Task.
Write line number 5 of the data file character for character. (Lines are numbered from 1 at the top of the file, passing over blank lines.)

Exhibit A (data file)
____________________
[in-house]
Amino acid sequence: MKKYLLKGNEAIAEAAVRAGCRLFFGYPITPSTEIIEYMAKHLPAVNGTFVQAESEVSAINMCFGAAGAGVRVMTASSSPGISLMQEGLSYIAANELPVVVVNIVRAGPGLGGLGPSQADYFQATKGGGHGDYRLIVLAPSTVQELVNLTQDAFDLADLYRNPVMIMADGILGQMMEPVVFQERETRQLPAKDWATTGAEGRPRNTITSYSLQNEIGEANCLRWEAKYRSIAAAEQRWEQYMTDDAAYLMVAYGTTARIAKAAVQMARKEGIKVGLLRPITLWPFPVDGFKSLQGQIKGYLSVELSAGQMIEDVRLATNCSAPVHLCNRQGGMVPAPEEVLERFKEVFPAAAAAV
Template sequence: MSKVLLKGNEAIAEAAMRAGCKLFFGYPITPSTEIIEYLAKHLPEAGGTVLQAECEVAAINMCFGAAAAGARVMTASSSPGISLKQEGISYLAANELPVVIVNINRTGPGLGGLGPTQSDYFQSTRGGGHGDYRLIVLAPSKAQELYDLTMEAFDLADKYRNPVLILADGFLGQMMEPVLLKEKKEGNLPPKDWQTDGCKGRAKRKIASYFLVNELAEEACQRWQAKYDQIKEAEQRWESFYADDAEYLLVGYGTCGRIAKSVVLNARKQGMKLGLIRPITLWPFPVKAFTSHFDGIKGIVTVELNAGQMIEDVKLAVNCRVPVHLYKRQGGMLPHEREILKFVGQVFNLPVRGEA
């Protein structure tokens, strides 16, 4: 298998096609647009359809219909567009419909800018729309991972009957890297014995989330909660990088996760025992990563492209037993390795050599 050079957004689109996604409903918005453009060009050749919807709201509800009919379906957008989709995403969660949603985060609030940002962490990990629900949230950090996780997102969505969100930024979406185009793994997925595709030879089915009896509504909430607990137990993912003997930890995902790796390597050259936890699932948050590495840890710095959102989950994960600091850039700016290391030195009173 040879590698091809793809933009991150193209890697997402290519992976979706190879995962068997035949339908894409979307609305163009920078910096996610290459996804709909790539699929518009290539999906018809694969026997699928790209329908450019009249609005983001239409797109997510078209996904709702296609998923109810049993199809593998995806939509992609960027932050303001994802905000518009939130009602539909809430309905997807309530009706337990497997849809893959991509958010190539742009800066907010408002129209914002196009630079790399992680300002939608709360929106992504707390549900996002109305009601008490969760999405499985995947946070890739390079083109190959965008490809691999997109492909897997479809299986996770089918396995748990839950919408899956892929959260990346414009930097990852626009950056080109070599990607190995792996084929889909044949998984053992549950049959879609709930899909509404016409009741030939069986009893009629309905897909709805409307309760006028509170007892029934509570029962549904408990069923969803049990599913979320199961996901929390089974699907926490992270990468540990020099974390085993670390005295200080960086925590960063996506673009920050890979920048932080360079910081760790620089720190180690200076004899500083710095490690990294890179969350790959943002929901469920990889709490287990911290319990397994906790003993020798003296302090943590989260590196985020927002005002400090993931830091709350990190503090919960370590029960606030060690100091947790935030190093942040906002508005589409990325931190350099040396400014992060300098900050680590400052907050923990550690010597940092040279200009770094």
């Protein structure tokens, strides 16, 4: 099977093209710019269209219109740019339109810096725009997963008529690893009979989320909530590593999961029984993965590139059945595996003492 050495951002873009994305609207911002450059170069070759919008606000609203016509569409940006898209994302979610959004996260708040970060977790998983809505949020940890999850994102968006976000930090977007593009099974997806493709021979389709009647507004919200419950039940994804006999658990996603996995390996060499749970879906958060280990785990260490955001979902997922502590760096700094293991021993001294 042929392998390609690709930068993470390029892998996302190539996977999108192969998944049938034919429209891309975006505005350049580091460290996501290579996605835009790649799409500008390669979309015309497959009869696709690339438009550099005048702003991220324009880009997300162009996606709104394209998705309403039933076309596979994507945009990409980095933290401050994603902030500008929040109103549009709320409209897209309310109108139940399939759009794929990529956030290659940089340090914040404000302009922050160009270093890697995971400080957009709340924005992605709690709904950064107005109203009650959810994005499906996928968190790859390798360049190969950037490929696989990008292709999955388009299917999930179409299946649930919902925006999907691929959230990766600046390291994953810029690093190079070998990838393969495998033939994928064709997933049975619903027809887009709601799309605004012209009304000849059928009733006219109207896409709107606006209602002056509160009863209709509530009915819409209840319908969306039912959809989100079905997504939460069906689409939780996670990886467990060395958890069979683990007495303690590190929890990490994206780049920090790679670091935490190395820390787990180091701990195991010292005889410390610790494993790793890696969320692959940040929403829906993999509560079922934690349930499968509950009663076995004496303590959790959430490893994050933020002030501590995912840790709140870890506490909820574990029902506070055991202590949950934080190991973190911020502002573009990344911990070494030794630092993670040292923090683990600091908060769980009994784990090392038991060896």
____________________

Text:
């Protein structure tokens, strides 16, 4: 099977093209710019269209219109740019339109810096725009997963008529690893009979989320909530590593999961029984993965590139059945595996003492 050495951002873009994305609207911002450059170069070759919008606000609203016509569409940006898209994302979610959004996260708040970060977790998983809505949020940890999850994102968006976000930090977007593009099974997806493709021979389709009647507004919200419950039940994804006999658990996603996995390996060499749970879906958060280990785990260490955001979902997922502590760096700094293991021993001294 042929392998390609690709930068993470390029892998996302190539996977999108192969998944049938034919429209891309975006505005350049580091460290996501290579996605835009790649799409500008390669979309015309497959009869696709690339438009550099005048702003991220324009880009997300162009996606709104394209998705309403039933076309596979994507945009990409980095933290401050994603902030500008929040109103549009709320409209897209309310109108139940399939759009794929990529956030290659940089340090914040404000302009922050160009270093890697995971400080957009709340924005992605709690709904950064107005109203009650959810994005499906996928968190790859390798360049190969950037490929696989990008292709999955388009299917999930179409299946649930919902925006999907691929959230990766600046390291994953810029690093190079070998990838393969495998033939994928064709997933049975619903027809887009709601799309605004012209009304000849059928009733006219109207896409709107606006209602002056509160009863209709509530009915819409209840319908969306039912959809989100079905997504939460069906689409939780996670990886467990060395958890069979683990007495303690590190929890990490994206780049920090790679670091935490190395820390787990180091701990195991010292005889410390610790494993790793890696969320692959940040929403829906993999509560079922934690349930499968509950009663076995004496303590959790959430490893994050933020002030501590995912840790709140870890506490909820574990029902506070055991202590949950934080190991973190911020502002573009990344911990070494030794630092993670040292923090683990600091908060769980009994784990090392038991060896």